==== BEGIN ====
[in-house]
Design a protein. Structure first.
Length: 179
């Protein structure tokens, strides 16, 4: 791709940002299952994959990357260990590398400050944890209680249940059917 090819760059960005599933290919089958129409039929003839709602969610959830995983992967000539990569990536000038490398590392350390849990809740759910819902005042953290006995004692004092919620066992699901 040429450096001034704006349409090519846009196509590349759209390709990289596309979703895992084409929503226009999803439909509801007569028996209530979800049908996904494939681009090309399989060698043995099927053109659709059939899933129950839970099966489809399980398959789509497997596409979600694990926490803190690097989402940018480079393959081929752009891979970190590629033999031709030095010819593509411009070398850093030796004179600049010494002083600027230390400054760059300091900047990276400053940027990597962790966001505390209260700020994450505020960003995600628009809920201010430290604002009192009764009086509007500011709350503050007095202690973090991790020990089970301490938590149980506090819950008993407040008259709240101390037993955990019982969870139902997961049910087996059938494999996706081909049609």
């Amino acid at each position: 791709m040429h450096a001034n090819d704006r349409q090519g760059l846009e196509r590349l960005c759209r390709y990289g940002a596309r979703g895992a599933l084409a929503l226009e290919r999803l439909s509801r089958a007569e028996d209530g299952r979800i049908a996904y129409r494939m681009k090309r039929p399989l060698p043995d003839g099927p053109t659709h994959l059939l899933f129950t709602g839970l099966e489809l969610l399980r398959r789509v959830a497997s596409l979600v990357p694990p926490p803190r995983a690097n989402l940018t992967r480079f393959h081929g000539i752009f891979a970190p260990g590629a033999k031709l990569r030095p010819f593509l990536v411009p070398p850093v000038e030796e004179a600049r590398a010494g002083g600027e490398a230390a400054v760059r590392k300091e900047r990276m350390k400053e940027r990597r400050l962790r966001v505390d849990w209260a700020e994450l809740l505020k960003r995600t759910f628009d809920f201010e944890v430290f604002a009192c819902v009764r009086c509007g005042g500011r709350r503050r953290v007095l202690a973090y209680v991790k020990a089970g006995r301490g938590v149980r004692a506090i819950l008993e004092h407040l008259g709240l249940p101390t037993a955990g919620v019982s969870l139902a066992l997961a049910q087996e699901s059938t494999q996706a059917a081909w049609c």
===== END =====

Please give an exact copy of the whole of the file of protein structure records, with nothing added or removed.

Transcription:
[in-house]
Design a protein. Structure first.
Length: 179
């Protein structure tokens, strides 16, 4: 791709940002299952994959990357260990590398400050944890209680249940059917 090819760059960005599933290919089958129409039929003839709602969610959830995983992967000539990569990536000038490398590392350390849990809740759910819902005042953290006995004692004092919620066992699901 040429450096001034704006349409090519846009196509590349759209390709990289596309979703895992084409929503226009999803439909509801007569028996209530979800049908996904494939681009090309399989060698043995099927053109659709059939899933129950839970099966489809399980398959789509497997596409979600694990926490803190690097989402940018480079393959081929752009891979970190590629033999031709030095010819593509411009070398850093030796004179600049010494002083600027230390400054760059300091900047990276400053940027990597962790966001505390209260700020994450505020960003995600628009809920201010430290604002009192009764009086509007500011709350503050007095202690973090991790020990089970301490938590149980506090819950008993407040008259709240101390037993955990019982969870139902997961049910087996059938494999996706081909049609």
């Amino acid at each position: 791709m040429h450096a001034n090819d704006r349409q090519g760059l846009e196509r590349l960005c759209r390709y990289g940002a596309r979703g895992a599933l084409a929503l226009e290919r999803l439909s509801r089958a007569e028996d209530g299952r979800i049908a996904y129409r494939m681009k090309r039929p399989l060698p043995d003839g099927p053109t659709h994959l059939l899933f129950t709602g839970l099966e489809l969610l399980r398959r789509v959830a497997s596409l979600v990357p694990p926490p803190r995983a690097n989402l940018t992967r480079f393959h081929g000539i752009f891979a970190p260990g590629a033999k031709l990569r030095p010819f593509l990536v411009p070398p850093v000038e030796e004179a600049r590398a010494g002083g600027e490398a230390a400054v760059r590392k300091e900047r990276m350390k400053e940027r990597r400050l962790r966001v505390d849990w209260a700020e994450l809740l505020k960003r995600t759910f628009d809920f201010e944890v430290f604002a009192c819902v009764r009086c509007g005042g500011r709350r503050r953290v007095l202690a973090y209680v991790k020990a089970g006995r301490g938590v149980r004692a506090i819950l008993e004092h407040l008259g709240l249940p101390t037993a955990g919620v019982s969870l139902a066992l997961a049910q087996e699901s059938t494999q996706a059917a081909w049609c």